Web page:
CVI is a medical condition, which means in most countries that only a medical doctor can diagnose it. This is a problem, because of:
So, screening questionnaires are used, to give an indication of whether CVI is likely. However, the result of a screening questionnaire does not provide a diagnosis, though it may be a pointer to a diagnosis.
Screening questionnaires, if considered reliable, are particularly useful in research.
This paper looks at the reliability of two sets of screening questions:
1) The CVI Questionnaire (reference below)
This is a set of forty-six questions about different things a child may find difficult. The forty-six questions are in six different categories. For CVI to be considered likely, at least one question in four of the six boxes needs to be answered 'yes'.
Reference: Ortibus E, Laenen A, Verhoeven J, De Cock P, Casteels I, Schoolmeesters B, Buyck A, Lagae L. Screening for cerebral visual impairment: value of a CVI questionnaire. Neuropediatrics. 2011 Aug;42(04):138-47.
2) The Five Questions (reference below)
Each of the five questions, of things a child may find difficult, are answered:
CVI would be considered likely if at least three out of the five questions were answered always or often.
Reference: Dutton GN, Calvert J, Ibrahim H, Macdonald E, McCulloch DL, Macintyre-Beon C, Spowart KM. Structured clinical history taking for cognitive and perceptual visual dysfunction and for profound visual disabilities due to damage to the brain in children. Visual impairment in children due to damage to the brain. Mac Keith Press, London. 2010 Jan 1:117-28.
The five questions, where CVI is indicated, in practice is followed up by a further fifty question inventory and salient testing of vision, to confirm a suspected diagnosis and to establish which CVIs the person is affected by. This paper considers the five questions, not the fifty. The five questions comparatively could become a quick and easy screening tool, if found to be effective.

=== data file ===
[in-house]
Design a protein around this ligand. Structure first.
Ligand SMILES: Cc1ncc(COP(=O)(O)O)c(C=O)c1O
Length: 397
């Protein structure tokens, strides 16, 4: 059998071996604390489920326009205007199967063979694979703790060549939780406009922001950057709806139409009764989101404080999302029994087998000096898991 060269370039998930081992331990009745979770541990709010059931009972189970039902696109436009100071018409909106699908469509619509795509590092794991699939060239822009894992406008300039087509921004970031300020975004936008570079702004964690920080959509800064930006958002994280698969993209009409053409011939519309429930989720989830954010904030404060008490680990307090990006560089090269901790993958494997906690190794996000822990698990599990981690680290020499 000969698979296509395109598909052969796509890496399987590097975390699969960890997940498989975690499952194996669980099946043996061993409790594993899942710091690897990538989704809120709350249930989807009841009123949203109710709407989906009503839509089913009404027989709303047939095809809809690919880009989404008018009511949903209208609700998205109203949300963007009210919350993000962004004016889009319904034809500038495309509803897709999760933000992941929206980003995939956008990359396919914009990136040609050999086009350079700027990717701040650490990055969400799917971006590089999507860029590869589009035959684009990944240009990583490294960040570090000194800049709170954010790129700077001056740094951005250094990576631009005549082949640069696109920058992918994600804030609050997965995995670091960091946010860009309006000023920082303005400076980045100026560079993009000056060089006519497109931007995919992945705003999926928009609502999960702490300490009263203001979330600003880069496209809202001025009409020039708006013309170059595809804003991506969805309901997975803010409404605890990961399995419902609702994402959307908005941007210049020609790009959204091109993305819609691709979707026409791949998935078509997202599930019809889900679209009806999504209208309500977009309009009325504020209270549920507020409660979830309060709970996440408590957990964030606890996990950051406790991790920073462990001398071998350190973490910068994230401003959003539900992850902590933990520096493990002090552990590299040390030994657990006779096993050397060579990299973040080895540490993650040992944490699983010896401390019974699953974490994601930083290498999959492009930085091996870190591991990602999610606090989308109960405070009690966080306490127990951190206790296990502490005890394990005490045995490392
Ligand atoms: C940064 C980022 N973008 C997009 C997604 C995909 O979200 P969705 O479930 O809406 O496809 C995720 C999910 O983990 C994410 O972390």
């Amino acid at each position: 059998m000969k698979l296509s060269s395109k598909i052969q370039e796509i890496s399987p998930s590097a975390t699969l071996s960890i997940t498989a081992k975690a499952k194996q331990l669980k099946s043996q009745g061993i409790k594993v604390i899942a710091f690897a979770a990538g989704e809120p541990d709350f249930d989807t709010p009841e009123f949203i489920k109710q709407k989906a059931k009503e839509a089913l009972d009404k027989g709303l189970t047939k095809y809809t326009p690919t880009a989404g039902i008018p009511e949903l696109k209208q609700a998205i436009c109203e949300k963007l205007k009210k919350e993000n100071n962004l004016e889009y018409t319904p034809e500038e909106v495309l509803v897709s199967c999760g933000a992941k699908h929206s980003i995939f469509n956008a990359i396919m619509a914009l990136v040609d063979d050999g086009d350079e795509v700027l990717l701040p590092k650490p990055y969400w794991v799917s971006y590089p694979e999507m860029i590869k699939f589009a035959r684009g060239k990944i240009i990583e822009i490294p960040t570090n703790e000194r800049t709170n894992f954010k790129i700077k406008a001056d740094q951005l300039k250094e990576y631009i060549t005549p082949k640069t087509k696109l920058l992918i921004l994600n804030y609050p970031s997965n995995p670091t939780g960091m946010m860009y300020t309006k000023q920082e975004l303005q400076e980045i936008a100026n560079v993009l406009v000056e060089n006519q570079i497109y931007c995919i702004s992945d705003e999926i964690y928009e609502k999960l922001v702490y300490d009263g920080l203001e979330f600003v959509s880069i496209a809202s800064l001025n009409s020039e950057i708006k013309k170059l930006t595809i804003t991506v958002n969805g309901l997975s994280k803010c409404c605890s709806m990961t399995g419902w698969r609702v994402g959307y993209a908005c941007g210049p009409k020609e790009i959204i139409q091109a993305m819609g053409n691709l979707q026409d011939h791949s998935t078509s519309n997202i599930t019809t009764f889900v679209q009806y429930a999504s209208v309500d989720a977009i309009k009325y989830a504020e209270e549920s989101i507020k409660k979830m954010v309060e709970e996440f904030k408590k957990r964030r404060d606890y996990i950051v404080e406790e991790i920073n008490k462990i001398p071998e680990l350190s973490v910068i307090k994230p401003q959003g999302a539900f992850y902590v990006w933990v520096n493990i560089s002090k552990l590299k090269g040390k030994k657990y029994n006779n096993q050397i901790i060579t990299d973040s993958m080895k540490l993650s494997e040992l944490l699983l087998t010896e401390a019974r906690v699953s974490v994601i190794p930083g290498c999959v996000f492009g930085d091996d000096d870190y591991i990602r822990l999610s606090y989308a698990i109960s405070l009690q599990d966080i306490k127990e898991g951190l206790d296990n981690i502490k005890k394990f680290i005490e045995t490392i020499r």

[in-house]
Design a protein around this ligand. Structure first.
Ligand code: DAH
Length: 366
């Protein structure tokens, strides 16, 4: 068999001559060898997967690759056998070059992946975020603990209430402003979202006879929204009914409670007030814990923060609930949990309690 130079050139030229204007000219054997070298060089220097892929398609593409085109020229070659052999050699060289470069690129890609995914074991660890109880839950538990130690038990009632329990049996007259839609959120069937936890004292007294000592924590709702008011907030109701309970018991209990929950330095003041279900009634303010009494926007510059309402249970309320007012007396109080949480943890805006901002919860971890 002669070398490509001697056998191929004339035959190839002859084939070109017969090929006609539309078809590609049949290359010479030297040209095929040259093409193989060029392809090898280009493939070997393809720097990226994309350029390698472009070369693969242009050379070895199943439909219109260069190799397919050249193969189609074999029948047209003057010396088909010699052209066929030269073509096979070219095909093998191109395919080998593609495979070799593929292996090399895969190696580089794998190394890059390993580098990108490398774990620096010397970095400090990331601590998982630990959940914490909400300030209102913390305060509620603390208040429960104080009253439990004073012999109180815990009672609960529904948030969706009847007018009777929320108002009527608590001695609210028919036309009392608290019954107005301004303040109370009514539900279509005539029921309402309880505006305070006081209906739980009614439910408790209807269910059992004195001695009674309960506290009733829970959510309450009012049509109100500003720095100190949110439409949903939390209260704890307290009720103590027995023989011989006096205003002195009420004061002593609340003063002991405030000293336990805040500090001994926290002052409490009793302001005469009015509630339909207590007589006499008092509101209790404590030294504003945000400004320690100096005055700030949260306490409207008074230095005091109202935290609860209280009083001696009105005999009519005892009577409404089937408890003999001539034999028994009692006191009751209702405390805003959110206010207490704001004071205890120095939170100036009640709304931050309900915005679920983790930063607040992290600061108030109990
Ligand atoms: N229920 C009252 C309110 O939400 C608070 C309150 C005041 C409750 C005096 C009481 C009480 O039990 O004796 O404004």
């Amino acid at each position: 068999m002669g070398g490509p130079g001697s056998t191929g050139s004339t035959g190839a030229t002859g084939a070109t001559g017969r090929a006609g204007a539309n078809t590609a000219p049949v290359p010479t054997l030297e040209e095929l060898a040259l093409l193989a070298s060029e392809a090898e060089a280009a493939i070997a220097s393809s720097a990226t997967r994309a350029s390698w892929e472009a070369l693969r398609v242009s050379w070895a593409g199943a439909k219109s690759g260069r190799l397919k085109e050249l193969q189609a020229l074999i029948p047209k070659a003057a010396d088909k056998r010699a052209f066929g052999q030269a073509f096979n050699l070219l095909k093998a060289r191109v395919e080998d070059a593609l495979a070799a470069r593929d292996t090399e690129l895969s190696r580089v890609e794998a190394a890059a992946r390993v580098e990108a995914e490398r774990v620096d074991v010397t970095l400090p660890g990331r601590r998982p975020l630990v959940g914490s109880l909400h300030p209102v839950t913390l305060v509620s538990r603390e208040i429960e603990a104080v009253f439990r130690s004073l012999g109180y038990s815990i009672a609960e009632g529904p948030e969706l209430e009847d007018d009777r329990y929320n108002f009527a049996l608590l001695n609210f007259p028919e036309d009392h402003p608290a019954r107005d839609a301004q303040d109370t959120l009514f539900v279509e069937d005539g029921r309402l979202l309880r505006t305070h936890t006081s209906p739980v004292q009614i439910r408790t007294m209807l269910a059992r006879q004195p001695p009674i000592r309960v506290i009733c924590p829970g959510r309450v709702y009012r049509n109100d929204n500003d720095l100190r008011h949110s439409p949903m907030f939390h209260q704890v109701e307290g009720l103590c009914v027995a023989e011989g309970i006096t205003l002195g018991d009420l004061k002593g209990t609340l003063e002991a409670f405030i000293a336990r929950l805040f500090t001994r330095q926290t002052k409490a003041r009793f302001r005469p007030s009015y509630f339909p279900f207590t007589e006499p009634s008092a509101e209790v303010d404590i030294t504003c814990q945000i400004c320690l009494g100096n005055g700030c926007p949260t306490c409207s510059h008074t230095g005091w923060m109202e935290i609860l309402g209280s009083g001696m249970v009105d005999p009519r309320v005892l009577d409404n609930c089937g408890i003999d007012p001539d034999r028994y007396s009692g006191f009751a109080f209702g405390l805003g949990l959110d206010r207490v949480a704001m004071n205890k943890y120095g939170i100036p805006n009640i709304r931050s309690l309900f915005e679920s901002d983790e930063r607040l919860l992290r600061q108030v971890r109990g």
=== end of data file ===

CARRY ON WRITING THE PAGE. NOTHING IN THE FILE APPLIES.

This researcher asked members of the public, caring for children aged between 5 and 18, to complete a survey, which asked for information about their child, including if they had CVI, and whether they were affected by a number of other conditions.
There were 535 participants of whom 104 (or 19%) had stated that the young person had CVI. This research did not follow up with diagnosis or check the responses for accuracy.
The paper notes:
It cannot be assumed that parents who attest to their child having CVI do so on the basis of a diagnostic test, therefore, it is possible that some incidents of reported CVI are erroneous. Given the large sample size, we suggest that this potential error will be small enough that it will not affect the veracity of the results.
And with this, a very big thank you needs to be extended to those who kindly participated. This research project was embraced by parents, carers, teachers and many others supporting children with CVI, and was widely shared, particularly across social media. Because of very large number of parents and carers who found a few minutes to complete this survey, both the scope of the research and the resulting recommendations are given more weight.
Through statistical analysis, both screening questionnaires were considered to have:
good convergent validity, internal consistency and a reliable factor structure and may therefore be suitable as screening tools
What does this mean?
This means that if others want to research a different area of CVI, they can confidently use these screening questions, whichever is more suitable, as a part of their research.
Establishing the validity of these screening questions will hopefully make future research into CVI, more relevant and accurate.
Here we start to enter the world of confusing labels. The paper notes that some of the screening questions, cross over into different areas, for example reading and writing difficulties where a child has CVI and difficulty reading, could be caused by dyslexia not CVI. But...CVI can cause reading and writing difficulties, but not all reading and writing difficulties are dyslexia, and CVI can cause impaired reading not related to dyslexia. Confused?
The following links explain a little more about CVI and dyslexia / reading and writing difficulties:
This paper highlights many areas where there are similar grounds for confusion.
104 of the 535 had CVI, but what about the other 431?
Of these, depending of the screening test, between...
55 (12.8%) using the five questions, and
166 (38.5%) using the CVI questionnaire
...met the criteria, as described above, for CVI to be possible. These are called Potential CVI.
It is not unreasonable to assume that the children in this group, if affected by CVI, are affected less obviously, as they have not been previously diagnosed. However, this does not necessarily mean that their potential CVI would be less severe in its impact.